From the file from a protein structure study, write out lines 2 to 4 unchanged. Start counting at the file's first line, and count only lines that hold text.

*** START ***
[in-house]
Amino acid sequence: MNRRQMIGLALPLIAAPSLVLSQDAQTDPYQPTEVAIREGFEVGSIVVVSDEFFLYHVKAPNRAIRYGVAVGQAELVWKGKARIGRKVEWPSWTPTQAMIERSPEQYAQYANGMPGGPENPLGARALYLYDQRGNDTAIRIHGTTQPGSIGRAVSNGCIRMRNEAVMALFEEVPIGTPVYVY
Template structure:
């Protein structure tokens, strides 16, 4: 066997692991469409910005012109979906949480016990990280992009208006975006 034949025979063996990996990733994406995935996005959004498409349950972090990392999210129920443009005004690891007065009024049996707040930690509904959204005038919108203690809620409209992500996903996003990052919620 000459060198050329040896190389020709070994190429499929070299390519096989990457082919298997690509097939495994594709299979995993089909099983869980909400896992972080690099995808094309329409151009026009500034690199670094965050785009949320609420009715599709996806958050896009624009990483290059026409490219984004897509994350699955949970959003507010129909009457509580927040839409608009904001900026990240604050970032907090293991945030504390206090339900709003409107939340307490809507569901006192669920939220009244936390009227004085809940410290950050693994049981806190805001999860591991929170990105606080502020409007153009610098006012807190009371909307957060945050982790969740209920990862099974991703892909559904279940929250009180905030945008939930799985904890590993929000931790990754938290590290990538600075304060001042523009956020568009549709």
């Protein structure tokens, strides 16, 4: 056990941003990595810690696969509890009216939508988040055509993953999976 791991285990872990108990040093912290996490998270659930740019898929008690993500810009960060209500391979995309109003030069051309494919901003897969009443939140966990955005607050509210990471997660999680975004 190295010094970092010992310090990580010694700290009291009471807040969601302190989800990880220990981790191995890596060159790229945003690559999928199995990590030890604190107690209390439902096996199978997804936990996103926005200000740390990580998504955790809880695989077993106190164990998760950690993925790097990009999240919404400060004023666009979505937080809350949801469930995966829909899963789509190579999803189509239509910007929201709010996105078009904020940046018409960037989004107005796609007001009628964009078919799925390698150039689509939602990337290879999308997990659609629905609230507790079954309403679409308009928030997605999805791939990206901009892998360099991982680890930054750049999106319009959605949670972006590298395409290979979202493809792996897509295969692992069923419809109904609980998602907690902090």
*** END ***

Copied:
Amino acid sequence: MNRRQMIGLALPLIAAPSLVLSQDAQTDPYQPTEVAIREGFEVGSIVVVSDEFFLYHVKAPNRAIRYGVAVGQAELVWKGKARIGRKVEWPSWTPTQAMIERSPEQYAQYANGMPGGPENPLGARALYLYDQRGNDTAIRIHGTTQPGSIGRAVSNGCIRMRNEAVMALFEEVPIGTPVYVY
Template structure:
């Protein structure tokens, strides 16, 4: 066997692991469409910005012109979906949480016990990280992009208006975006 034949025979063996990996990733994406995935996005959004498409349950972090990392999210129920443009005004690891007065009024049996707040930690509904959204005038919108203690809620409209992500996903996003990052919620 000459060198050329040896190389020709070994190429499929070299390519096989990457082919298997690509097939495994594709299979995993089909099983869980909400896992972080690099995808094309329409151009026009500034690199670094965050785009949320609420009715599709996806958050896009624009990483290059026409490219984004897509994350699955949970959003507010129909009457509580927040839409608009904001900026990240604050970032907090293991945030504390206090339900709003409107939340307490809507569901006192669920939220009244936390009227004085809940410290950050693994049981806190805001999860591991929170990105606080502020409007153009610098006012807190009371909307957060945050982790969740209920990862099974991703892909559904279940929250009180905030945008939930799985904890590993929000931790990754938290590290990538600075304060001042523009956020568009549709």